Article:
When you think of organised LEGO fan groups, most think of Recognized LEGO User Groups (RLUGs), online communities (RLOCs) or fan media (RLFMs). What happens when a group of these organisations find a common mission for which to advocate? The answer, at least in one case, was the formation of the Brick Alliance. Read on to learn more about the Brick Alliance and their 2022 Polybag Project (which you can join if you’re interested).
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@Huw, @CapnRex101, @MeganL
First off, hats off to MeganL and the other organisers for putting this together. It's hard to imagine a less exclusionary hobby, but I've largely given up trying to understand this crazy world and the people who live in it. Let's hope that the Bat Signal will quickly grow dusty though lack of use.
It's hard, though, to put yourself in someone else's shoes. When I read the comment about the Meme (the man asking the woman's permission to buy Lego), I recognised it and thought, yes. That is demeaning towards men. It simultaneously emancipates them and makes them look childish. Then I read on, and it appears (and please correct me if I'm wrong) that from a few/some/many/all women's point of view, it's demeaning to them.
That made me think, which is a) challenging at the best of times and b) no bad thing.
I'll drop MeganL a PM as I'm interested as to how, as someone who fortunately doesn't really fall into a category that suffers discrimination, I might help.
At the end of the day, we're all people.
And people love Lego.
So let's love the people that love the Lego.
Which is pretty much everyone.
I wish the project well, and look forward to the Polybag challenge raising creativity levels all aorund the world.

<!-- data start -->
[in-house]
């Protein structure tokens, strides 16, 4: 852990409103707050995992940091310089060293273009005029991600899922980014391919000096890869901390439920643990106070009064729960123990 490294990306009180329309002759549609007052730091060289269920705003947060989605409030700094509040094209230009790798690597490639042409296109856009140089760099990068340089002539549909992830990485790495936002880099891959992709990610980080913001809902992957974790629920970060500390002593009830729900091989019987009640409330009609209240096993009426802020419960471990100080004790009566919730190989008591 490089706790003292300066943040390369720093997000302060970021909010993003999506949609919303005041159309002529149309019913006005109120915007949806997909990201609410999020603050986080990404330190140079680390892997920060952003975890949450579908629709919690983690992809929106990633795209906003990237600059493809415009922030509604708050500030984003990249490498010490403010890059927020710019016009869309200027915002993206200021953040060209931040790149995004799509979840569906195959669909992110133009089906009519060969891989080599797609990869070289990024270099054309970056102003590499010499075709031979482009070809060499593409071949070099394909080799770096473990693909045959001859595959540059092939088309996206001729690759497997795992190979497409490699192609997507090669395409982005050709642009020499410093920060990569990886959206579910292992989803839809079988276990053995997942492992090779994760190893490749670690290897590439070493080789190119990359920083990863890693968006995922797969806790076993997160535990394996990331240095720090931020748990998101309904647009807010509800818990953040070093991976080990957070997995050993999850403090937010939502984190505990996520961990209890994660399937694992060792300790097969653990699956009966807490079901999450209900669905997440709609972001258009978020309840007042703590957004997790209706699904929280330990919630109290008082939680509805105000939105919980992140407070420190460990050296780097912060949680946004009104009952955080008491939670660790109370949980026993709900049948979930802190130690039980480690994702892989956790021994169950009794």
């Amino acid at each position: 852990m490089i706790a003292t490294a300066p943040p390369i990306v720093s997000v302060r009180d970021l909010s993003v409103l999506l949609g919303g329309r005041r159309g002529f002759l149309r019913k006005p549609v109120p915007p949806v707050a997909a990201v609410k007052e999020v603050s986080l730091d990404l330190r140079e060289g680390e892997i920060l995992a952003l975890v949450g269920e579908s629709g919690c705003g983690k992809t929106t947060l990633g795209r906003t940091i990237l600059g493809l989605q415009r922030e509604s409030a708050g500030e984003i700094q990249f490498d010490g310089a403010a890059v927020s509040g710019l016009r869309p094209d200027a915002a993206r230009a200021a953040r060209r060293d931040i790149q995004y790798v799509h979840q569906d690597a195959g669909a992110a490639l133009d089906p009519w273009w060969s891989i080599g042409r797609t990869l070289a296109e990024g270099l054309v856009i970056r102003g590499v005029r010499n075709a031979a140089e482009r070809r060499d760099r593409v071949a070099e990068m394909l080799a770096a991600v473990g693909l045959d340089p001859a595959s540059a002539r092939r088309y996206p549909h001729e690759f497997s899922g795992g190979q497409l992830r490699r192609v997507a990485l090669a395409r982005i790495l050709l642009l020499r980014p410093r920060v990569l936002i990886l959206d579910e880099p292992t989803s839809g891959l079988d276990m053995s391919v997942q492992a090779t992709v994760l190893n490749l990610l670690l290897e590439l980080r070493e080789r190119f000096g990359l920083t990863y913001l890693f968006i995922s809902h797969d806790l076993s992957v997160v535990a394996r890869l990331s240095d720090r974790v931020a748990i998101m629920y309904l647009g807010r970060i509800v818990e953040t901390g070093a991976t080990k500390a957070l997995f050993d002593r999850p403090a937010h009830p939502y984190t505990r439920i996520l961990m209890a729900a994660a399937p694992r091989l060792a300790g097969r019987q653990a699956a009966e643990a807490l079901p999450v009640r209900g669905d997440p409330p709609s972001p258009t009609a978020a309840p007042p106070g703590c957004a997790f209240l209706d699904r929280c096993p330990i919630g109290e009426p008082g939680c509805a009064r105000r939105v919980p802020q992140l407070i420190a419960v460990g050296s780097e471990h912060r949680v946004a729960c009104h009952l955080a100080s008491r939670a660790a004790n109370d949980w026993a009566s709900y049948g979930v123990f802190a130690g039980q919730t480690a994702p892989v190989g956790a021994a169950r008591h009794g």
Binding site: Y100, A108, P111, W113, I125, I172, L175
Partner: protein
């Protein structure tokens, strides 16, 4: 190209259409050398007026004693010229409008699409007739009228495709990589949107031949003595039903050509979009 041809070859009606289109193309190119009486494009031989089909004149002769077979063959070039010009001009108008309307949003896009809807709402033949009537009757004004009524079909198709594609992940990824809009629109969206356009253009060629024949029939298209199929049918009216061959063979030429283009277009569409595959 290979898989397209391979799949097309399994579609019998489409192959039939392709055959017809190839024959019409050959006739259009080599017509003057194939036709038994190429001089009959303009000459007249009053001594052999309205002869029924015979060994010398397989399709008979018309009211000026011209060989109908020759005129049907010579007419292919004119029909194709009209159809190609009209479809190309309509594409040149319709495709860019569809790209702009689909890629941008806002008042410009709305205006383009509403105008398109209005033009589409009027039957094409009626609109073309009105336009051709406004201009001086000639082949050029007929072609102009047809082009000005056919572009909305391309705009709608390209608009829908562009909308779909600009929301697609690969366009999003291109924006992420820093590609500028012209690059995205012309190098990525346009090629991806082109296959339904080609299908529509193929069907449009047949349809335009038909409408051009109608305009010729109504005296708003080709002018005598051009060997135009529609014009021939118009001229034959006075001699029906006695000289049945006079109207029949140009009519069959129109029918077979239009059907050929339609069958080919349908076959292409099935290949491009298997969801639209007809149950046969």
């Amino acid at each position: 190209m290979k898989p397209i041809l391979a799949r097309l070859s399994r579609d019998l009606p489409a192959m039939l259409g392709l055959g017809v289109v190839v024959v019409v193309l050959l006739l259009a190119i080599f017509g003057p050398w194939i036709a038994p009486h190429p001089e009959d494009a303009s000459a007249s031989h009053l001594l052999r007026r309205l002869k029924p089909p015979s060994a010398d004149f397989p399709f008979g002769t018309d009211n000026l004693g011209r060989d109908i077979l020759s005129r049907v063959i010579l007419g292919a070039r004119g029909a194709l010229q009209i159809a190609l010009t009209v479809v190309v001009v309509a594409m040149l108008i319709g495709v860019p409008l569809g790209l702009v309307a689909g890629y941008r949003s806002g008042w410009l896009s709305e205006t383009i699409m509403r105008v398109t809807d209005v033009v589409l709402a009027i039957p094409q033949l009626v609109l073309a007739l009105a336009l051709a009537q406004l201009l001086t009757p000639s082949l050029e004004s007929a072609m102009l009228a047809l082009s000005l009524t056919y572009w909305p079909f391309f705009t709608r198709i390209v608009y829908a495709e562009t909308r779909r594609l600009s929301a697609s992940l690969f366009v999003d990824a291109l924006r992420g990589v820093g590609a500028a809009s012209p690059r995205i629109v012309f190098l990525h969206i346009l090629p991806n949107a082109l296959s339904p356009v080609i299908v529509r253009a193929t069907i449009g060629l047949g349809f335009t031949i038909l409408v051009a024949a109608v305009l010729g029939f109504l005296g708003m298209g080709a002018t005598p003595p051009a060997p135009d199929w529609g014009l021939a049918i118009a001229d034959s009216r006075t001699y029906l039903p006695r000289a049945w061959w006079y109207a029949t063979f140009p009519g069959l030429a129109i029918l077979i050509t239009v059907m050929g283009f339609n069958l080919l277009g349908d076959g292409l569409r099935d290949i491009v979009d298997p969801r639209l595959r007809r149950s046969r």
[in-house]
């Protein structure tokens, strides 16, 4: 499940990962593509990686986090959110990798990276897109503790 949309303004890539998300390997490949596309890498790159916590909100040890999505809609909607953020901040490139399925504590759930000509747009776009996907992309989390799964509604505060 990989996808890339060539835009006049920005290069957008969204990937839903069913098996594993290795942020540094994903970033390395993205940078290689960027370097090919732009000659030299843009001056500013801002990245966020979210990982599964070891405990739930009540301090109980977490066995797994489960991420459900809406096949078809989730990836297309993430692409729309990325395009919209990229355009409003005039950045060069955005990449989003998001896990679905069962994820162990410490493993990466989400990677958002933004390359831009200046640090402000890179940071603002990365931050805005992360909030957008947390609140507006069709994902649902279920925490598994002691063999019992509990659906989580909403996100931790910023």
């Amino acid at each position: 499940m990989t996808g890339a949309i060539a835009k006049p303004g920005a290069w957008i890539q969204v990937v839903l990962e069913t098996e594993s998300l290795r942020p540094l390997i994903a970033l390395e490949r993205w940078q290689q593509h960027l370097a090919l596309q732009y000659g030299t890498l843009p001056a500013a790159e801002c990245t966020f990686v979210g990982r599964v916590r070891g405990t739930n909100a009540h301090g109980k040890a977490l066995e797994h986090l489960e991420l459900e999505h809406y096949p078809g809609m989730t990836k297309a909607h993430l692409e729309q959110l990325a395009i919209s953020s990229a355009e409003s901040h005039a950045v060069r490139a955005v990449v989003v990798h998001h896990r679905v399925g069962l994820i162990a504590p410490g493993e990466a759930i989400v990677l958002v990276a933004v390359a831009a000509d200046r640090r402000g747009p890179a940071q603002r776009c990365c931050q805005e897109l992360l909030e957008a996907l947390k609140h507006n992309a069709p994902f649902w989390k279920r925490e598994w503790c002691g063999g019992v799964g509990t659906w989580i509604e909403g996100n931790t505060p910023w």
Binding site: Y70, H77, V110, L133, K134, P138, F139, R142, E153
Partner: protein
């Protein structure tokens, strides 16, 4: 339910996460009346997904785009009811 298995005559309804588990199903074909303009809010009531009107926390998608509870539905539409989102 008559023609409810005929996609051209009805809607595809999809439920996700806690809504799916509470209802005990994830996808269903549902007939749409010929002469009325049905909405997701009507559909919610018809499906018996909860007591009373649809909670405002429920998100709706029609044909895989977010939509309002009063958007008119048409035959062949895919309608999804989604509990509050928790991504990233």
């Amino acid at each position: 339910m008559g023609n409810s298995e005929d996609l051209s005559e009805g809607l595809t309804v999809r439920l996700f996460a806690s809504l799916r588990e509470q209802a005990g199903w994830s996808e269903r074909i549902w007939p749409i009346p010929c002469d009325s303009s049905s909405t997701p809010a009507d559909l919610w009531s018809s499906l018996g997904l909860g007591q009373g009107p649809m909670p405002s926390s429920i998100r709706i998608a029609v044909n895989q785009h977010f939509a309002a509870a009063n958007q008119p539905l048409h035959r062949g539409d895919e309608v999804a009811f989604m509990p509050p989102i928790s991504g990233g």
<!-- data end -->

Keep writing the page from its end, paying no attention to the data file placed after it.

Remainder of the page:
However if the meme doesn't represent you and your experience you might understandably not find it particularly amusing. I do understand that stereotypes can be unhelpful but I'm not sure picking apart things to this level is helpful. For example it talks about “Sending out the bat signal” and this seems a slightly odd metaphor for an organisation like this. Let's ask a wealthy, white, heterosexual, man for help. This is a good example of why we shouldn't read too much into everything.
I think the thing some people have trouble with is that their experience within the Lego community is that it's inclusive because the only barrier to entry is that you have a love for Lego. Some time's these things can be a self-fulfilling prophecy, for example if women are constantly told that the community isn't welcoming then they may not even try to enter it to find out for themselves.
But just the idea that identity is important in the Lego community is something that doesn't fit comfortably with everyone because some of us enjoy the Lego community because it is disconnected from this kind of identity and that is what we find enjoyable. That it's an escape, an escape from ourself.
It also seems to be putting up more divides than it takes down and seems to be segregating the community rather than encouraging it to be inclusive. The Lego community used to be inclusive because you were lucky to find another person that liked Lego so you couldn't be too choosy as to who was allowed in the group. Now it's more popular and therefore has room for groups based on identity, is it now more inclusive or less?
I don’t know the exact details of the meme but the OP said they weren’t important and I’m interested to know what the “Many levels” it offends on ? It seems little to get so angry about, which for many would be factual meme.
I’d be interested in anyones opinion who finds these memes so offensive and aside from that single example, has faced intolerance in parts of the Lego community ? It’s useful to know what makes others uncomfortable.